willing to pay.

Then I look at the price tag.

Marketing & Economics 101

Ah price point – where supply and demand meet the wealth of nations. Wrigley made a fortune from penny sticks of gum.  Today’s $.99 ebook downloaded a million times is close to a million dollars (depending more on its one time set up cost.)  On the other end of the spectrum, the multi-million dollar yacht salesman needs 3 to hit the annual sales target.  One puts him out of business and five will hold over for another year.

Adam Smith touted that without the tethers of government interference, private monopolies, lobbyists or “privileged” entities, the free market wields the perfect price where supply and demand meet.  When banana crops fail, the price of those that make it to market goes up enough to meet whomever is willing to pay for more expensive bananas.

I’m sure he would have been spellbound by the much more elaborate threading of airline flight tickets.  An incredibly (I don’t use that word lightly) sophisticated algorithm cultures those seat prices like a mother hen, sub-minute by sub-minute searching databases and optimizing just how much the seat should be priced. Would Mr Smith’s contemplations and calculations hold under the intense smoothing of the pricing integral?  His theories have been smeared all of the earth with both creamy taste and reputed disgust.

He would’ve been further floored with the near-zero production costs of electronic products and services, although I’m sure he’d have much to say on it.  These are the elements of economic evolution that test free market capability in a global economy.

Big Data Price Point

Of course, you probably wouldn’t be here reading this unless you’re more interested in Big Data than my spending habits.  This is hardly business continuing education credit either.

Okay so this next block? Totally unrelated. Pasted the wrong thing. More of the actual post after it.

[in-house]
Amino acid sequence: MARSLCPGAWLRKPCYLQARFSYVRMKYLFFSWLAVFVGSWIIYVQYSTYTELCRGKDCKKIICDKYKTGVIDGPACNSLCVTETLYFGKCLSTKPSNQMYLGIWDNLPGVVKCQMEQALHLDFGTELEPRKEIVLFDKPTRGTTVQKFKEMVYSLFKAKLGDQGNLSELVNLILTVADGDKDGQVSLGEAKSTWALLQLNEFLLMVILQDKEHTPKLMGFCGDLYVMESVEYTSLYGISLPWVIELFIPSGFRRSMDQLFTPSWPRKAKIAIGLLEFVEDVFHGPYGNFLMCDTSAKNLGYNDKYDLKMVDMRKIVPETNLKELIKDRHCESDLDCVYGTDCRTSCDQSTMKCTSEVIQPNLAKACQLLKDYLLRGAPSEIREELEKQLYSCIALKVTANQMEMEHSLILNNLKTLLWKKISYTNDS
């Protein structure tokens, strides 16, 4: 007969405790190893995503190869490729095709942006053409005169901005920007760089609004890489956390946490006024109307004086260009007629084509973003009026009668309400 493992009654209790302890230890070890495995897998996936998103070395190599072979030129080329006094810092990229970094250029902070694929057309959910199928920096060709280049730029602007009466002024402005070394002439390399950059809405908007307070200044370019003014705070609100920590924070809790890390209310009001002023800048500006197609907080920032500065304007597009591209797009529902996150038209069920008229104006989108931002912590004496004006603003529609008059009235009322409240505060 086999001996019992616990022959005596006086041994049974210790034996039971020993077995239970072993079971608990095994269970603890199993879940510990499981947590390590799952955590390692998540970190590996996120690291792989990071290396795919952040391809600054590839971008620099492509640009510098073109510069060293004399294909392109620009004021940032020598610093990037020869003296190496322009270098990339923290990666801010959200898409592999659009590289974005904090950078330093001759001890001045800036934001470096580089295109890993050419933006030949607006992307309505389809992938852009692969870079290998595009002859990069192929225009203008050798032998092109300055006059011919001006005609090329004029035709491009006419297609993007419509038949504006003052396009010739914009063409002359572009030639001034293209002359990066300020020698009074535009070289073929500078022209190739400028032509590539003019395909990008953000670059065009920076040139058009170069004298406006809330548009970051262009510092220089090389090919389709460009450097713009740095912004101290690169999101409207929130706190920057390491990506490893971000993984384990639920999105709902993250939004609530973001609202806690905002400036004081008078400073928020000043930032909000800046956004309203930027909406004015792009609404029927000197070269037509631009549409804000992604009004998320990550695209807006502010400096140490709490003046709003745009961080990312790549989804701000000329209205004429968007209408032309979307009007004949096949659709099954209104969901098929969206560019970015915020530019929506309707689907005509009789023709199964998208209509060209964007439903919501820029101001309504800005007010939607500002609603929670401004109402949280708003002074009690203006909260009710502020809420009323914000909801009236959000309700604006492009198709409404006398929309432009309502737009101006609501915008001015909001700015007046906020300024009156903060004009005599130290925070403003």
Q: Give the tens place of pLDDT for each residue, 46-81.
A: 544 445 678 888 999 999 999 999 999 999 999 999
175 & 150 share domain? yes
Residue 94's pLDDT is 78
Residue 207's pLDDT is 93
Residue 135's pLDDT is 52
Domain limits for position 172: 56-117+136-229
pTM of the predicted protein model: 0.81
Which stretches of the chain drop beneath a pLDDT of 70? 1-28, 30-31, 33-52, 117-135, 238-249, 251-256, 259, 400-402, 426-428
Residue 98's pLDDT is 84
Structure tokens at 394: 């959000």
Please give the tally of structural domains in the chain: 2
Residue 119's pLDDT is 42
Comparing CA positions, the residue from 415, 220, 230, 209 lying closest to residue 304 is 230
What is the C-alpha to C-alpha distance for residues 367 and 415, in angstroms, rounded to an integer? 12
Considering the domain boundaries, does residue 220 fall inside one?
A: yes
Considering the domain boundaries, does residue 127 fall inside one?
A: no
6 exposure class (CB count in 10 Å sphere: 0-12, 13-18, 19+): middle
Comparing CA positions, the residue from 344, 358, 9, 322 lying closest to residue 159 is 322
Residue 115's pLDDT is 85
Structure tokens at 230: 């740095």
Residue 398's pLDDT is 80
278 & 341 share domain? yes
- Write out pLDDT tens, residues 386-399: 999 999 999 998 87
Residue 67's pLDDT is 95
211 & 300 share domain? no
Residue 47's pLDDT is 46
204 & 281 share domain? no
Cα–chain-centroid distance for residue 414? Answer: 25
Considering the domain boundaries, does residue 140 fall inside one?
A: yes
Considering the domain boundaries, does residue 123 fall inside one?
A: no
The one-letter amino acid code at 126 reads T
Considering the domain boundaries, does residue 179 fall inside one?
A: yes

But these “small” data examples are all market driven.  The future – the Big Data Price Point – is the price will shift according to your ability as much as willingness to pay.  That means the webinar product that I didn’t want to pay $497 would have been further discounted to the $247 that would have made me uncomfortable but ready to use my credit card.

How is this possible?  Supply and Demand.  For one, it is a product with almost zero production cost.  Unlike the widget  which requires materials, labor, manufacturing, storage, and distribution.  The digital warehouse doesn’t need a water supply or a janitor.  The one stored copy (and backup) replicates instantly.  There is a set-up cost; the knowledge must be conveyed creatively.  People are needed to develop the product which must be marketed and maintained.  The elegance of the digital effort minimizes the cost as the theoretical sales count grows infinitely.  This is not a scenario Mr Smith would have anticipated.

 As for demand, Big Data Price Point (PP) kicks in by knowing YOU along the same lines I mentioned that I use to make a purchase.  Big Data PP would figure out if I have enough cash or credit for the sale.  Big Data PP knows if I spend money on these types of products already.  Big Data PP knows whether this fit my spending lifestyle or if it is a reach.  Big Data PP determines if I can or cannot deduct it as a business expense.   Even more so, Big Data PP calculates whether I need deductions at this point, against how many deductions I have already accrued in my fiscal year.